Benchmarks.

Glossary 475

Index 479

Contents xi

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Introduction

NATURE OF THE BOOK

This is an advanced book in the science and art of valuing privately held

businesses. In order to read this book, you must already have read at

least one introductory book such as Valuing A Business (Pratt, Reilly, and

Schweihs 1996). Without such a background, you will be lost.

I have written this book with the professional business appraiser as

my primary intended audience, though I think this book is also appro-

priate for attorneys who are very experienced in valuation matters, in-

vestment bankers, venture capitalists, ļ¬nancial analysts, and MBA stu-

dents.

Uniqueness of This Book

This is a rigorous book, and it is not easy reading. However, the following

unique attributes of this book make reading it worth the effort:

1. It emphasizes regression analysis of empirical data. Chapter 7,

adjusting for control and marketability, contains the ļ¬rst

regression analysis of the data related to restricted stock

discounts. Chapter 9, a sample fractional interest discount study,

contains a regression analysis of the Partnership Proļ¬les

database related to secondary limited partnership market trades.

In both cases we found very signiļ¬cant results. We now know

much of what drives (a) restricted stock discounts and (b)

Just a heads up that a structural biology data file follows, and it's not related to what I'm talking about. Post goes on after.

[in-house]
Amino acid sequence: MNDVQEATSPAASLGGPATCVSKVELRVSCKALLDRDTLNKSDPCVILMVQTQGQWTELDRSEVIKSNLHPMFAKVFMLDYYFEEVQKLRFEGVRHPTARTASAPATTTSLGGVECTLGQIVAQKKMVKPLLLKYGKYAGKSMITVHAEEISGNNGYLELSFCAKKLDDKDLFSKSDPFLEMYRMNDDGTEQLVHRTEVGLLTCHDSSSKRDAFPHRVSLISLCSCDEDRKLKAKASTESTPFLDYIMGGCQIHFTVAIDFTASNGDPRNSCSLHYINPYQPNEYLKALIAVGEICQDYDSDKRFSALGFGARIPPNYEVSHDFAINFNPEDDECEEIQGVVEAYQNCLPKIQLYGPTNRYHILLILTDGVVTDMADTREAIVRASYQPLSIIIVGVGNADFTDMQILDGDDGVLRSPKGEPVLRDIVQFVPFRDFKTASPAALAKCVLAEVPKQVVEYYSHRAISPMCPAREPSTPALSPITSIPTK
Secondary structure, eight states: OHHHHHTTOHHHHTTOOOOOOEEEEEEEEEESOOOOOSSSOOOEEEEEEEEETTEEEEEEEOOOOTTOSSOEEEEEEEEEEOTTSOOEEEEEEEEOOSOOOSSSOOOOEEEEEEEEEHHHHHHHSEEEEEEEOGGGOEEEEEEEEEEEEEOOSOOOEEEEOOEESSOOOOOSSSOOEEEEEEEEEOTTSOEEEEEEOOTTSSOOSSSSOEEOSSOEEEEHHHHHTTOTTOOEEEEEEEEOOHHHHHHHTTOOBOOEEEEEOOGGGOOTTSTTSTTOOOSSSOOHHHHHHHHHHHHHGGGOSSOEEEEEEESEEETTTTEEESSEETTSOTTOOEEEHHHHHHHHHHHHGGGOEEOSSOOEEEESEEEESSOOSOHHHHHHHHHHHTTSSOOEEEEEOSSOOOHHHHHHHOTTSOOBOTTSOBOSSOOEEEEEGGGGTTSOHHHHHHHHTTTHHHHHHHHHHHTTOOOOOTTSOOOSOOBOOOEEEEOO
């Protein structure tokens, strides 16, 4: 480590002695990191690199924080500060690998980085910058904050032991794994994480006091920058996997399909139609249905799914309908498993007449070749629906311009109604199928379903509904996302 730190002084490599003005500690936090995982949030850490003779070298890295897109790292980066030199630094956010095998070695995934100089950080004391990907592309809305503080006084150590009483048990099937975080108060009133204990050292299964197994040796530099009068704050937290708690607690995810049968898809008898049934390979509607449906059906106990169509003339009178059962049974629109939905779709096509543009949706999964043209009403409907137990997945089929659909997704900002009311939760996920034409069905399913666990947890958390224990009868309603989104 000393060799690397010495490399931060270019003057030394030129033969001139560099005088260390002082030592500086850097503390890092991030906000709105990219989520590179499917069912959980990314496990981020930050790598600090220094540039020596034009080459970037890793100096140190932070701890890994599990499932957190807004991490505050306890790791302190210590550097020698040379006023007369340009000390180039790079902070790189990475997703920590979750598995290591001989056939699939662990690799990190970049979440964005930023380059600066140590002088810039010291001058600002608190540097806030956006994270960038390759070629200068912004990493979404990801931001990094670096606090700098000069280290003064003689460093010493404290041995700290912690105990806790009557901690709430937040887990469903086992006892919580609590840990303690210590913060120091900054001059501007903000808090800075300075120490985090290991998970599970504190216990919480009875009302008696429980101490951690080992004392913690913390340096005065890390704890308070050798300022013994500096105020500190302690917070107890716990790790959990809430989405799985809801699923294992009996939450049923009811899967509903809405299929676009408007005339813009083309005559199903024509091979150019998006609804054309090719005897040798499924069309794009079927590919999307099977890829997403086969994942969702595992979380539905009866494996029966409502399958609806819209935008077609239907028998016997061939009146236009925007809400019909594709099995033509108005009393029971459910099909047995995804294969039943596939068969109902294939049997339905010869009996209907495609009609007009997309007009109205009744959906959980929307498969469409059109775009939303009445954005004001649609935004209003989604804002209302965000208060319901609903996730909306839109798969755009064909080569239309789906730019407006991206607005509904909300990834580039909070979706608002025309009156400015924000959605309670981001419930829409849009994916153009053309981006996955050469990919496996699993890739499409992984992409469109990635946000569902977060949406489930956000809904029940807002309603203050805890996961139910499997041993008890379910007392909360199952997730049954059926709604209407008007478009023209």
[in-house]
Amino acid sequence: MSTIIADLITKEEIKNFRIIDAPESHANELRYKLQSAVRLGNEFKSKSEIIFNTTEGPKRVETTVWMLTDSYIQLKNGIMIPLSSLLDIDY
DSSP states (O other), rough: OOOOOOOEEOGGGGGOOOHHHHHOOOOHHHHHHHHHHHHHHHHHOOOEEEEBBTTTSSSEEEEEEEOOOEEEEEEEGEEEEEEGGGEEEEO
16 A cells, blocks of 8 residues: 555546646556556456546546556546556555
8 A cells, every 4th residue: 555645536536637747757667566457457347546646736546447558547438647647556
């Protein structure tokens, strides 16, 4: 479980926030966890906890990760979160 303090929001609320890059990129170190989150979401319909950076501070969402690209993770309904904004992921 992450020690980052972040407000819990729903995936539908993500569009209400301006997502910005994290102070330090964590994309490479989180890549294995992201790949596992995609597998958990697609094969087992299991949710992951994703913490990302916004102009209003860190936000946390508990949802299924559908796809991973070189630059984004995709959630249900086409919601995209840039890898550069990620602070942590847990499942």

discounts from net asset values of the publicly registered/

privately traded limited partnerships. You will also see much

empirical work in Chapter 4, ā˜ā˜Discount Rates as a Function of

Log Size,ā™ā™ and Chapter 11, ā˜ā˜Empirical Testing of Abramsā™

Valuation Theory.ā™ā™

2. It emphasizes quantitative skills. Chapter 2 focuses on using

regression analysis in business valuation. Chapter 3, ā˜ā˜Annuity

Discount Factors and the Gordon Model,ā™ā™ is the most

comprehensive treatment of ADFs in print. For anyone wishing

to use the Mercer quantitative marketability discount model,

xiii

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Chapter 4 contains the ADF with constant growth not included

in the Mercer text. ADFs crop up in many valuation contexts. I

invented several new ADFs that appear in Chapter 3 that are

useful in many valuation contexts. Chapter 11 contains the ļ¬rst

treatise on how much statistical uncertainty we have in our

valuations and how value is affected when the appraiser makes

various errors.

3. It emphasizes putting all the pieces of the puzzle together to

present a comprehensive, uniļ¬ed approach to valuation that can

be empirically tested and whose principles work for the

valuation of billion-dollar ļ¬rms and ma and pa ļ¬rms alike.

While this book contains more mathematicsā”a wormā™s eye

view, if you willā”than other valuation texts, it also has more of

a birdā™s eye view as well.

HOW TO READ THIS BOOK